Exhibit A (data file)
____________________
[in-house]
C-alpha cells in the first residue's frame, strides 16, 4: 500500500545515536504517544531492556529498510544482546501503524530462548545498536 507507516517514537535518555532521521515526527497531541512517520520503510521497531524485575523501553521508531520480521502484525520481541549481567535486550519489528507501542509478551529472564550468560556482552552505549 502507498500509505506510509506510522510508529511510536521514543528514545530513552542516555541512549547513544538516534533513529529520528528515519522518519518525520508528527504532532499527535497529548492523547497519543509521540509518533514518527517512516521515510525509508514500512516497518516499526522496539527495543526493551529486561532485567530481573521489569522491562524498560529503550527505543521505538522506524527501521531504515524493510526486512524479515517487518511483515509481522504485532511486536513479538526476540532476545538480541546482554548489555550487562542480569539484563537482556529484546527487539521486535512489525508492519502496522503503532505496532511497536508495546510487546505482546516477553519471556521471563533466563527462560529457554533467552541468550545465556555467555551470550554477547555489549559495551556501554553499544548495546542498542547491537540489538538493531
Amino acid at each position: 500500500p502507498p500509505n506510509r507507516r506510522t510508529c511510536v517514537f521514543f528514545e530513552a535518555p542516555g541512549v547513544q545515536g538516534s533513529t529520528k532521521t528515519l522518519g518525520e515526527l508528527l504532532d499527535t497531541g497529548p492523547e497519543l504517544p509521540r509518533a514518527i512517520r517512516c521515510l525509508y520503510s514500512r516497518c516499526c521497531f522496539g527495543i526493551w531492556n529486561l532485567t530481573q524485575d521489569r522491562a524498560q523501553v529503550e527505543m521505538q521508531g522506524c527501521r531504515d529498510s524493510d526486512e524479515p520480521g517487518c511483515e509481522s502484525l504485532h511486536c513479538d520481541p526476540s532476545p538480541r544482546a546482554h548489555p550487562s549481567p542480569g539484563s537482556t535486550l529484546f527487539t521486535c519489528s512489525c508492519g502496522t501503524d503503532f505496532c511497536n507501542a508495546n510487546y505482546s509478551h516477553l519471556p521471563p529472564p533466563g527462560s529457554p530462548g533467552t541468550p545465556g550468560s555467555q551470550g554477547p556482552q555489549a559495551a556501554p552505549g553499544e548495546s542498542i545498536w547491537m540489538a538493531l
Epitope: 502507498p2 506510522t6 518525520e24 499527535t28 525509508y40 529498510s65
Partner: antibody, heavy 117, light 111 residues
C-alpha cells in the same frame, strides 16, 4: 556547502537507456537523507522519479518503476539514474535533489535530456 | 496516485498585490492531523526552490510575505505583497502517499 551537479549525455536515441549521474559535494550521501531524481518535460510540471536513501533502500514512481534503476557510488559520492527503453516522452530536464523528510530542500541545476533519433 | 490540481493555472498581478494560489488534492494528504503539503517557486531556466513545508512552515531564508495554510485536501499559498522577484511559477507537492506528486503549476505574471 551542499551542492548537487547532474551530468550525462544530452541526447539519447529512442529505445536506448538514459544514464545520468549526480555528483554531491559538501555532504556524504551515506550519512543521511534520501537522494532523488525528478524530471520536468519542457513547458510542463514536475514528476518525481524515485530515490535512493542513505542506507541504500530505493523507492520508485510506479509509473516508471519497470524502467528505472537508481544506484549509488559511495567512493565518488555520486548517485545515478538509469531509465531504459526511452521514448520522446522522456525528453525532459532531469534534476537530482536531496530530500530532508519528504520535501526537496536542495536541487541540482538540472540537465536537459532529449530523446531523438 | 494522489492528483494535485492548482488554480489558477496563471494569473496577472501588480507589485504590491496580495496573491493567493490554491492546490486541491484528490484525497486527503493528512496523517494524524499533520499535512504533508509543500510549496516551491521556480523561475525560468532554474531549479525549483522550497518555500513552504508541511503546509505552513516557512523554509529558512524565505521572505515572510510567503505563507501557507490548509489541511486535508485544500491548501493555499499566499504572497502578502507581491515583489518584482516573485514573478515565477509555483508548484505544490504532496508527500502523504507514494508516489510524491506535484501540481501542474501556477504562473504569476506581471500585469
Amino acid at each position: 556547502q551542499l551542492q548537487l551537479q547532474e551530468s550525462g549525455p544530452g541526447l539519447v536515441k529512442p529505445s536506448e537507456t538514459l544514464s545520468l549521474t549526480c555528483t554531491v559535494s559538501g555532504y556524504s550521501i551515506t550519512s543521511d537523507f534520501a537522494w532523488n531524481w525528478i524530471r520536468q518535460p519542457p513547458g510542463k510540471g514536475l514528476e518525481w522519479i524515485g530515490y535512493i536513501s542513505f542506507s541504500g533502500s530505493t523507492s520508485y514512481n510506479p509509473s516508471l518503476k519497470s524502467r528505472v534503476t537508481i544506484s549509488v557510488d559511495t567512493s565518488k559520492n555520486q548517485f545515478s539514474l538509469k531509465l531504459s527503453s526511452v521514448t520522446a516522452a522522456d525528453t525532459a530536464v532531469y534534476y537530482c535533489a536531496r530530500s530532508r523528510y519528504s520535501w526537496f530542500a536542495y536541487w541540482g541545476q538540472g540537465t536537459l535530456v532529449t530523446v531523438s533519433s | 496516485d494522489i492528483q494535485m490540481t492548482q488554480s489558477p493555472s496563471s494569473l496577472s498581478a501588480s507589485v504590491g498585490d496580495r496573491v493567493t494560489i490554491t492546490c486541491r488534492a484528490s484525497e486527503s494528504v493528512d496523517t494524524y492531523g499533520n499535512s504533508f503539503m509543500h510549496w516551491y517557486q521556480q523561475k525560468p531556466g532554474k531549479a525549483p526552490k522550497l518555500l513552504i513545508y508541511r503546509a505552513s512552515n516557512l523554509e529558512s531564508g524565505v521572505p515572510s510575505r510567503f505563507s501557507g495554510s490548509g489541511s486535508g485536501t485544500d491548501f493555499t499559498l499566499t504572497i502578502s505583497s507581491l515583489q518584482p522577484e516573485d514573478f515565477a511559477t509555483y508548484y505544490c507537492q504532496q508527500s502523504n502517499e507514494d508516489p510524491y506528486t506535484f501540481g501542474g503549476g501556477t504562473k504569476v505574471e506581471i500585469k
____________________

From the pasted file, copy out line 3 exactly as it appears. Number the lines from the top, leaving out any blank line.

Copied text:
Amino acid at each position: 500500500p502507498p500509505n506510509r507507516r506510522t510508529c511510536v517514537f521514543f528514545e530513552a535518555p542516555g541512549v547513544q545515536g538516534s533513529t529520528k532521521t528515519l522518519g518525520e515526527l508528527l504532532d499527535t497531541g497529548p492523547e497519543l504517544p509521540r509518533a514518527i512517520r517512516c521515510l525509508y520503510s514500512r516497518c516499526c521497531f522496539g527495543i526493551w531492556n529486561l532485567t530481573q524485575d521489569r522491562a524498560q523501553v529503550e527505543m521505538q521508531g522506524c527501521r531504515d529498510s524493510d526486512e524479515p520480521g517487518c511483515e509481522s502484525l504485532h511486536c513479538d520481541p526476540s532476545p538480541r544482546a546482554h548489555p550487562s549481567p542480569g539484563s537482556t535486550l529484546f527487539t521486535c519489528s512489525c508492519g502496522t501503524d503503532f505496532c511497536n507501542a508495546n510487546y505482546s509478551h516477553l519471556p521471563p529472564p533466563g527462560s529457554p530462548g533467552t541468550p545465556g550468560s555467555q551470550g554477547p556482552q555489549a559495551a556501554p552505549g553499544e548495546s542498542i545498536w547491537m540489538a538493531l